Philip Rooke, CEO Spreadshirt. Source: © Photo by Nadja von Prümmer /

And it managed that in a market in which hundreds of companies are vying for the attention of consumers. Nevertheless the proportion of those that fail is relatively high. As a global player Spreadshirt is however pursuing an ambitious growth strategy. Philip Rooke has ambitions of extending its market leadership in Europe yet further and expanding its international business in the US market. “We are reaching out to a seven-billion-dollar market that is growing at an annual rate of 10%”, he said self-assuredly, and by that he means the market for personalized products. Given that one third of consumers want personalized products and that 75% are also prepared to pay more for these products, his gambit may just pay off. “Our business is all about people’s ideas and we have the platform to help them action those ideas”, says Rooke.

But he also knows that shirt printing is not rocket science and that a functioning supply chain is the key feature of the business. For that reason he gave the Symposium delegates a key message to take with them: “Success is fleeting. Being successful today does not mean you will necessarily compete in the future. Quality too is transient. What might be premium today is standard tomorrow.”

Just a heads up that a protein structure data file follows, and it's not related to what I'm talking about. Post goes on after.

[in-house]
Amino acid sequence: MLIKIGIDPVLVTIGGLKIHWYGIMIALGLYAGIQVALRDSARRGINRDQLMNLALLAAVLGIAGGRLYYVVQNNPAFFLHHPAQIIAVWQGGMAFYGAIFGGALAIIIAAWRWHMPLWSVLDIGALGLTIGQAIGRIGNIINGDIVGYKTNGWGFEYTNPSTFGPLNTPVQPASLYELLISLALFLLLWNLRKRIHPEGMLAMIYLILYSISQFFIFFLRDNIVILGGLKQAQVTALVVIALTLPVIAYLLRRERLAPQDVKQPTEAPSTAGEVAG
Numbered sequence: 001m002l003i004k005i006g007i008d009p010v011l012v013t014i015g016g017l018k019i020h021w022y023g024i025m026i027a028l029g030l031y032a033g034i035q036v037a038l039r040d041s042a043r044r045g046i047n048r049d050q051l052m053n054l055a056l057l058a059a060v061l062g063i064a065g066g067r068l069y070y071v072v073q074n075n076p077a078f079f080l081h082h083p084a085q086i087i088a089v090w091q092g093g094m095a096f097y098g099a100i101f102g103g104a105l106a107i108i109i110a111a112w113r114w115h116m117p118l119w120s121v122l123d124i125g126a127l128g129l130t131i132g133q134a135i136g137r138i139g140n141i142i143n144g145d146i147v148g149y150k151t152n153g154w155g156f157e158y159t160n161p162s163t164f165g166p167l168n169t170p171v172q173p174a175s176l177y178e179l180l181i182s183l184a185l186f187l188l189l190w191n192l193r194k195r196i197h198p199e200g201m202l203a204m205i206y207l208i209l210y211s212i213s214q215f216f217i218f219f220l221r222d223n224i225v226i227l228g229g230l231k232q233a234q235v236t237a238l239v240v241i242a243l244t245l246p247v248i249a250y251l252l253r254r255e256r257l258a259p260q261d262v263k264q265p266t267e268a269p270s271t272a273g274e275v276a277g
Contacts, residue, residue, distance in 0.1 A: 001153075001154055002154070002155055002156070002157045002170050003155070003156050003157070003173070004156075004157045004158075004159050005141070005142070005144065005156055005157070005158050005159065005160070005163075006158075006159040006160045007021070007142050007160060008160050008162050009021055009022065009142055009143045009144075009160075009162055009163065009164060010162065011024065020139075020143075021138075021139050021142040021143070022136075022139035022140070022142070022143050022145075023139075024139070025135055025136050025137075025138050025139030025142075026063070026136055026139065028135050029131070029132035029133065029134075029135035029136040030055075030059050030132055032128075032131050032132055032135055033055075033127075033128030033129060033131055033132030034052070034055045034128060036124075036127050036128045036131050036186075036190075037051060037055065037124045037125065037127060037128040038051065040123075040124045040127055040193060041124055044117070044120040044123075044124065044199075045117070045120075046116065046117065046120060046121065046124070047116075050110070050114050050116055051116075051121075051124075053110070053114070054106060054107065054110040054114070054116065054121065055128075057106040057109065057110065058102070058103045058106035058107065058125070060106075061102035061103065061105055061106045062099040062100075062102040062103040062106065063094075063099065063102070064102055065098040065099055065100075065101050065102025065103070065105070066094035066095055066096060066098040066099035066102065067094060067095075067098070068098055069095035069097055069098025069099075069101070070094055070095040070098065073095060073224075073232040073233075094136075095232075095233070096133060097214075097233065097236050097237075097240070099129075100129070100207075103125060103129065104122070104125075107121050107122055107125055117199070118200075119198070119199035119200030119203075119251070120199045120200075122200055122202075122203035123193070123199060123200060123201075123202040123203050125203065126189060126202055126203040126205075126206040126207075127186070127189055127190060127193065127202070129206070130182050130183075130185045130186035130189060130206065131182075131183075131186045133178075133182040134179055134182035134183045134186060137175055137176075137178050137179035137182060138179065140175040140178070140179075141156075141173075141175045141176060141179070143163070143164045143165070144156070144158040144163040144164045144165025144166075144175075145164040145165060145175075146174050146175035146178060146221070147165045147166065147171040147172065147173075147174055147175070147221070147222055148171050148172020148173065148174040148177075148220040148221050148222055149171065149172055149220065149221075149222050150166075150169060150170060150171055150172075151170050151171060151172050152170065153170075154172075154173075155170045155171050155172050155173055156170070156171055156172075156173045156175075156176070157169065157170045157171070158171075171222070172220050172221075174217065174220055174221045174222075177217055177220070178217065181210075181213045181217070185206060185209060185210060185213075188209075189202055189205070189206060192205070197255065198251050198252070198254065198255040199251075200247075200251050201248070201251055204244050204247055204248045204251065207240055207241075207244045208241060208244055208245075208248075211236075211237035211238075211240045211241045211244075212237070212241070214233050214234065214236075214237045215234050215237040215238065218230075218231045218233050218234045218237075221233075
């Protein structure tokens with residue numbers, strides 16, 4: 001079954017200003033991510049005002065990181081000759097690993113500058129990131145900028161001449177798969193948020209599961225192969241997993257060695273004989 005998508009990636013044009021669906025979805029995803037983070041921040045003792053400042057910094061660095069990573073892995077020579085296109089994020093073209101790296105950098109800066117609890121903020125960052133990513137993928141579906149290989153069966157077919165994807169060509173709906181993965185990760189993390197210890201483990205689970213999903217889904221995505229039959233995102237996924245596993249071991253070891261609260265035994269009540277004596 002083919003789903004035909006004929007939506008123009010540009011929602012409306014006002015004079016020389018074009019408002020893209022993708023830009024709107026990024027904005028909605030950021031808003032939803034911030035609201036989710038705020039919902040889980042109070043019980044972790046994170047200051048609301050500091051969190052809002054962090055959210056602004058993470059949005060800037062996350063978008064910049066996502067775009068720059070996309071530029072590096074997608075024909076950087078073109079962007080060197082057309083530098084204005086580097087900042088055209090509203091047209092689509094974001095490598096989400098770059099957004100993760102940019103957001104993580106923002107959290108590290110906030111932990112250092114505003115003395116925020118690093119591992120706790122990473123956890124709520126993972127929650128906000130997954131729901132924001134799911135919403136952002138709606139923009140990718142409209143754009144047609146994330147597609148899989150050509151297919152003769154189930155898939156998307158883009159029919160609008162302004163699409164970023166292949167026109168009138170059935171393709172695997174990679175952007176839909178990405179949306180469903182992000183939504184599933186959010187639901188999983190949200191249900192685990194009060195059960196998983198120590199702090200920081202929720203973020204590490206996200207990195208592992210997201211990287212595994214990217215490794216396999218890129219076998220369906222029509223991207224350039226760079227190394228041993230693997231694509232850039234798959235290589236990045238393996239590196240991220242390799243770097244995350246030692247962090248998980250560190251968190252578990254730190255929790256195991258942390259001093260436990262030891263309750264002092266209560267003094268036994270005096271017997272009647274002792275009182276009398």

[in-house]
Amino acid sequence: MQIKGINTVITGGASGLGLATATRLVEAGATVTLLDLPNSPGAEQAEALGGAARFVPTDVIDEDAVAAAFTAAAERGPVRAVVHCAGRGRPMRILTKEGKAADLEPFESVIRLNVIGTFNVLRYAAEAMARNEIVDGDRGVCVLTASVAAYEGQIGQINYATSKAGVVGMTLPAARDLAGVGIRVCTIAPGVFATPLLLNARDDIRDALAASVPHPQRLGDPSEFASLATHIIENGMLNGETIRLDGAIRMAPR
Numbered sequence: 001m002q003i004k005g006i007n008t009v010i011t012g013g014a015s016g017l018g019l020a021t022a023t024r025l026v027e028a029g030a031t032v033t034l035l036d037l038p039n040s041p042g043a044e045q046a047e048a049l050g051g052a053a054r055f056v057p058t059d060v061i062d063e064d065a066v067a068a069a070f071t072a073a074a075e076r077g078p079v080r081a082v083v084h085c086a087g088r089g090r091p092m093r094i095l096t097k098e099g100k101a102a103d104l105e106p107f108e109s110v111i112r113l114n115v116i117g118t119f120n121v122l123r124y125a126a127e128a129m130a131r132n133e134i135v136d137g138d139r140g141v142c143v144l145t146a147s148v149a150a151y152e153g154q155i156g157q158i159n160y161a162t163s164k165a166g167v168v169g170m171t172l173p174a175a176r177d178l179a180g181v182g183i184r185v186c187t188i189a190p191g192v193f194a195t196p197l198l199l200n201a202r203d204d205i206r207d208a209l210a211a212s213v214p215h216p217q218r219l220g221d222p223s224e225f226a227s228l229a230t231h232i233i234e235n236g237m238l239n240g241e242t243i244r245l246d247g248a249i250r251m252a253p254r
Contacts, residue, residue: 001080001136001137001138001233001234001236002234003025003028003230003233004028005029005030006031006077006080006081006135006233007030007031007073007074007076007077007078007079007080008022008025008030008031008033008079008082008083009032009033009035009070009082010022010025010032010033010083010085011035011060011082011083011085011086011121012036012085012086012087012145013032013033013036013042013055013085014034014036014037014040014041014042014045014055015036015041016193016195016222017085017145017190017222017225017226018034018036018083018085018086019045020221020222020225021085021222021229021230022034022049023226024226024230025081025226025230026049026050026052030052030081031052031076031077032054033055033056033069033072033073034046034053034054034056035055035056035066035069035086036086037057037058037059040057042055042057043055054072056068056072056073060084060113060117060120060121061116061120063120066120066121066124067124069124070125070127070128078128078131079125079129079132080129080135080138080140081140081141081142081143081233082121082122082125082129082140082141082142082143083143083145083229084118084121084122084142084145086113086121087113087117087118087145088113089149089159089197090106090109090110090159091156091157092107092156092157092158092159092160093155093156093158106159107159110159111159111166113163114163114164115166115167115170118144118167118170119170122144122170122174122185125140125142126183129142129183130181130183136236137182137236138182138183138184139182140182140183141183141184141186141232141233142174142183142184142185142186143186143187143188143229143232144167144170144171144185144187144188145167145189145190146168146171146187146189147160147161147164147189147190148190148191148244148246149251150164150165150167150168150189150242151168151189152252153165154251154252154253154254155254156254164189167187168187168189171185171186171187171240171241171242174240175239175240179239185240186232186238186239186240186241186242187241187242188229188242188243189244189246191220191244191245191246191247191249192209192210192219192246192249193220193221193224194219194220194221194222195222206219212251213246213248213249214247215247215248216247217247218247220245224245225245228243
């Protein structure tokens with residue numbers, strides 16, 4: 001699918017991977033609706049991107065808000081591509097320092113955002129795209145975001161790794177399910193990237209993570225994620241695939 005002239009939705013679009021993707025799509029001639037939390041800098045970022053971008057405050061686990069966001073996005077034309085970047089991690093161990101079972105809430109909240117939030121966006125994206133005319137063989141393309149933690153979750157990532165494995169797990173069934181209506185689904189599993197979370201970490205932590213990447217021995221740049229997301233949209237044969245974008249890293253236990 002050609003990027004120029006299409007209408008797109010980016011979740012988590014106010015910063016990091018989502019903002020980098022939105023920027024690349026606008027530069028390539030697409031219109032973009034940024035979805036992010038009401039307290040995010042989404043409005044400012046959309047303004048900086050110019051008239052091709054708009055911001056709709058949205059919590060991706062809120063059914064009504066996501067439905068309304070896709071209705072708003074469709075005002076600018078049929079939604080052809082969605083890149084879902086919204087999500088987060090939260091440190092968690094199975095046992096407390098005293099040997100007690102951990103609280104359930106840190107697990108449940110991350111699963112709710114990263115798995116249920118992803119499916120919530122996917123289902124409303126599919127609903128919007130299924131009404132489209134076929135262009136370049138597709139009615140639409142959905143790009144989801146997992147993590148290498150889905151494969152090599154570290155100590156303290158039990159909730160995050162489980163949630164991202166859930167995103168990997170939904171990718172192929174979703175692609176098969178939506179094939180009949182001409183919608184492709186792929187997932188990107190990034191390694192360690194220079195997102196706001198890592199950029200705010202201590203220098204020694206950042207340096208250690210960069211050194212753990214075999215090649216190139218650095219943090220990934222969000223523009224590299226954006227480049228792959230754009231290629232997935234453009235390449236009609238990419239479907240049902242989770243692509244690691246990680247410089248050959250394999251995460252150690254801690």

Counterfeit-proof Track & Trace solution

We’re not talking quality if two-thirds of branded product manufacturers just in Germany alone are confronted by product piracy. The market for counterfeit products is growing at up to 22% per annum. Given these developments, it is becoming more and more important for brand owners to protect themselves efficiently and effectively against product piracy.